Androna, Syria – The Byzantine Bath

Originalplan of the bath
Plan drawn by R. C. Anderson © All rights reserved

The basalt and brick bath, built in ca. 560 by Thomas (who also constructed the large kastron opposite in 558-9), according to a Greek verse inscription on its lintel, was excavated 1998-2001. Its plan, ca 23 x 40 m, is divided into four parts: a peristyle entrance court; a north frigidarium with a symmetrical layout, five apses and two rectangular pools; a south tepidarium and a caldarium comprised of a brick complex of apsed rooms with six semicircular and rectangular pools; and a west service area. Architecturally, it is larger than the village baths of the north Syrian Limestone Massif. It more closely resembles in layout the Byzantine city bath at Zenobia on the Euphrates and the Umayyad baths at Androna and at Qusayr Amra in Jordan.


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Photo by M. Mango Drawing by D. Hopkins


The water of the Byzantine bath at Androna was supplied by a saqiya-operated well situated in the west service area and a carafe-shaped cistern in the entrance court. While the former filled the bath’s pools, the latter provided drinking water. The jars used on a chain (pot garland) to lift water above ground level account for nearly half the diagnostic sherds of pottery found in the bath. Water lifted from the well was conveyed to one or more water tanks positioned above the bath. Used water was drained from the pools by two systems, one running to the south of the bath, the other to the north, both apparently emptying into a second, disused well 11 m deep. The cistern water was collected from the roof of the peristyle entrance court via vertical pipes at its four corners.

By far the greatest amount of decorative material found in the bath was 500 kg of 19 types of marble (over half of it Proconnesian from the Sea of Marmara) and other decorative stones used for pavements, door mouldings, champlevé carving, other wall revetments, opus sectile work, the carved enclosures of the cold pools, a marble fluted basin, and a small marble statue. The south rooms had white tessellated pavements. The entrance court was decorated with figural paintings, of which only the lower parts remain on the west wall. The frigidarium was at least partly decorated with glass wall mosaics, while the caldarium had brightly coloured wallpaintings of abstract patterns and Greek inscriptions enclosed in wreaths.



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Photos by M. Mango

Excavated finds appropriate for a bath include ceramic spindle-shaped unguentaria for oil, some stamped, and numerous glass perfume flasks and small drinking goblets. Altogether, the pottery is mostly Late Roman/Byzantine, with some of the transitional period from Late Byzantine to Umayyad. Nothing is definitely Abbasid. Imported wares include African Red Slip Ware and Late Roman C and D Wares. Local coarse wares include small buff bowls with decorated rims and Brittle Ware. Amphorae included Egyptian types and Riley Carthage Late Roman 1 as well as local painted and combed buff amphorae.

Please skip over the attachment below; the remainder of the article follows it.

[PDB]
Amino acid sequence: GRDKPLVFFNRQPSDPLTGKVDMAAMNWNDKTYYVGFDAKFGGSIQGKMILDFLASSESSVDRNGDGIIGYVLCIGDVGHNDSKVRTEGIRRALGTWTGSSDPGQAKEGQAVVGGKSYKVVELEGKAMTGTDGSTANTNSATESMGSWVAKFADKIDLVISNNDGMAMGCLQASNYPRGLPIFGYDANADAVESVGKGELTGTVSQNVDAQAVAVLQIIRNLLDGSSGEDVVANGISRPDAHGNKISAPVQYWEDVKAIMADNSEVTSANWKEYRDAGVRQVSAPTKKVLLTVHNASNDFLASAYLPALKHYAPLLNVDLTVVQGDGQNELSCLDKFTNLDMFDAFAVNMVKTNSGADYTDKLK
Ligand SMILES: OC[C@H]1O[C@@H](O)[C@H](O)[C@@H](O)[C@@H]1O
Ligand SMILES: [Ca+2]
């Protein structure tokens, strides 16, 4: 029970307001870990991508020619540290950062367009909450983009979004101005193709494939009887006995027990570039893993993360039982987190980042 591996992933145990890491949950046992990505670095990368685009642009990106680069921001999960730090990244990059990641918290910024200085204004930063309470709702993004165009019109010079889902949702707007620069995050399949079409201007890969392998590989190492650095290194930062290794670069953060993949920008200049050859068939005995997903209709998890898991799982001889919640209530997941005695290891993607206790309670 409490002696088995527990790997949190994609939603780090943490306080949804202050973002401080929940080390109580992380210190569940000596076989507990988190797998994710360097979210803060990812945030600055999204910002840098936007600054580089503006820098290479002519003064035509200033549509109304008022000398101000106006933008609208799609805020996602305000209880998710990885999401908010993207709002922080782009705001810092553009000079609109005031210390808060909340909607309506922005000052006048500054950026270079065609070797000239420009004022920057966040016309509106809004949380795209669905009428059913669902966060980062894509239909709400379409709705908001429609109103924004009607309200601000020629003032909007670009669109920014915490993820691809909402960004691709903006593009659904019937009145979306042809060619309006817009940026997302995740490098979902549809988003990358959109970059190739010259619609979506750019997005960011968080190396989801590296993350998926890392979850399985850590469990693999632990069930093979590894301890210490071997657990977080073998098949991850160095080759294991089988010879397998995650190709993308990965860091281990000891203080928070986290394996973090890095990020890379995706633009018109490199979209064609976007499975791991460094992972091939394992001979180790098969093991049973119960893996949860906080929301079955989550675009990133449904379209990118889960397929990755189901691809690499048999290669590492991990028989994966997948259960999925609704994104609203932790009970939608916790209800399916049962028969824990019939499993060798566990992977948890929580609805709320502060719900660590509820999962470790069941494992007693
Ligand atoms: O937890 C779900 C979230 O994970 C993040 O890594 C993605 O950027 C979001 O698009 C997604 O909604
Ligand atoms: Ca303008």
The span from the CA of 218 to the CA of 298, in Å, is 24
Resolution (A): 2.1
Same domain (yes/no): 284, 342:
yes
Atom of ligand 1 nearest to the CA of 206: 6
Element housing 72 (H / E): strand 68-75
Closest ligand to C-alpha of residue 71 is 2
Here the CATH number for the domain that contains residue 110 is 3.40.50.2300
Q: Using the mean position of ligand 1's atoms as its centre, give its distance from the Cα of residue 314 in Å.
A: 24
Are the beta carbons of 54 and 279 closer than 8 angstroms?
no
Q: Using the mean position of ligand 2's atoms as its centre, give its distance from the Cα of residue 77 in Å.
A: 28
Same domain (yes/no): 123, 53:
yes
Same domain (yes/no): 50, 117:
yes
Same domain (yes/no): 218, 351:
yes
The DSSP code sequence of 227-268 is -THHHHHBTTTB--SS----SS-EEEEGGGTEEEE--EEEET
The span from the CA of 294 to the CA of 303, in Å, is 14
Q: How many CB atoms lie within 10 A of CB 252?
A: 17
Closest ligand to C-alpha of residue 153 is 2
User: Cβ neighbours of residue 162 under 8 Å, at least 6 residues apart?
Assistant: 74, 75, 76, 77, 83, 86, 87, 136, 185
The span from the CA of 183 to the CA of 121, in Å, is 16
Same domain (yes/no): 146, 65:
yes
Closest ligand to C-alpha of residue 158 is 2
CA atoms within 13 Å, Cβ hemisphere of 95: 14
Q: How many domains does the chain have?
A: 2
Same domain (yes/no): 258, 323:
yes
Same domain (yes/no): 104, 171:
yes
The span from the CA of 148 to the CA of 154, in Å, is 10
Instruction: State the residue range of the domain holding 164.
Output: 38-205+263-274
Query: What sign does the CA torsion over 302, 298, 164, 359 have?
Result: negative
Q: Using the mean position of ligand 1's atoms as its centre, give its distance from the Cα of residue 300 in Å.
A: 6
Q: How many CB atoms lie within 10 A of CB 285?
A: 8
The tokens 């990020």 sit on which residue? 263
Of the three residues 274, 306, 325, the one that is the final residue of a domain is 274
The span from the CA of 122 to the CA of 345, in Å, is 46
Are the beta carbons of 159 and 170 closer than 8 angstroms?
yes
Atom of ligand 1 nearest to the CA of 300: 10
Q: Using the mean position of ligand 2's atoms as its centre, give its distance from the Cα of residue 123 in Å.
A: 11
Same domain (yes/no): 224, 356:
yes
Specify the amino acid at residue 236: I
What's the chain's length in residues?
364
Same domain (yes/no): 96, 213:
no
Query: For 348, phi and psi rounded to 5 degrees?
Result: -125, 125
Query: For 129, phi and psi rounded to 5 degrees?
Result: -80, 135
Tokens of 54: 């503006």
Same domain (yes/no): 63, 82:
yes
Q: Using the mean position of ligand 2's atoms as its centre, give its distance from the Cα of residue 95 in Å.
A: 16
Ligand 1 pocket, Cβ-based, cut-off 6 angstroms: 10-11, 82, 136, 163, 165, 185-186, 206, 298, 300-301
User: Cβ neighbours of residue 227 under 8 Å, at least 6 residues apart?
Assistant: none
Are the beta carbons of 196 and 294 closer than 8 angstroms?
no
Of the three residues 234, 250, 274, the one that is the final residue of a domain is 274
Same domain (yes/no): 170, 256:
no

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Drawings by D. Hopkins (c) All rights reserved.

The bath remained in use, probably for several decades, judging by the condition of the furnaces, the amount of limescale deposits, and successive layers of wallpaintings. Eventually, when the bath went out of use (possibly following a partial structural collapse), various industrial activities were installed there, including a metal workshop in the tepidarium and a kiln in the entrance court the aisles of which were partitioned for yet other purposes; another kiln was built outside the west door of the frigidarium. This conversion of the building may have occurred in the Umayyad period, judging from the excavated pottery. In this period another bath of similar size and plan was built nearby and has now been excavated by the Syrian team. This late bath incorporated several Byzantine inscriptions in its floors and walls and its water was apparently supplied by the well of the Byzantine bath uphill from it.


The excavated Byzantine bath and reservoirs were planned by Richard Anderson with the assistance of Dr. Tassos Papacostas, Dr. Jonathan Bardill and Dr. Lukas Schacher, with contributions by Simon Greenslade, Sarah Leppard, and Stuart Randall. The bath and reservoirs were excavated by, notably, Amanda Claridge, as well as Katherine Blythe, Paul Clark, Simon Greenslade, Cassian Hall, Prof. Robert Hoyland, Dr. Carrie Hritz, Sarah Leppard, Antonietta Lerz, Dr. Marlia Mango, Prof. Cyril Mango, Dr. Anne McCabe, Dr. Maria Parani, and Dr. Nigel Pollard.


Finds were drawn by Dave Hopkins and processed by Priscilla Lange, Dr. Maria Parani, and Natalija Ristovska.

The following material excavated in the Byzantine bath is being studied:

The Greek inscriptions, by Prof. Cyril Mango, Oxford University.
The marble, by Dr. Olga Karagiorgou, Academy of Athens.
All pottery, by Dr. Nigel Pollard, School of Humanities, Swansea University.
The Brittle Ware pottery, by Dr. Agnès Vokaer, Centre de Recherches Archéologiques, l'Université Libre de Bruxelles.
The metallurgical finds of the metal workshop installed in the bath tepidarium, by Chris Salter, Materials Department, Oxford University.


For organic material see Landscape Study section.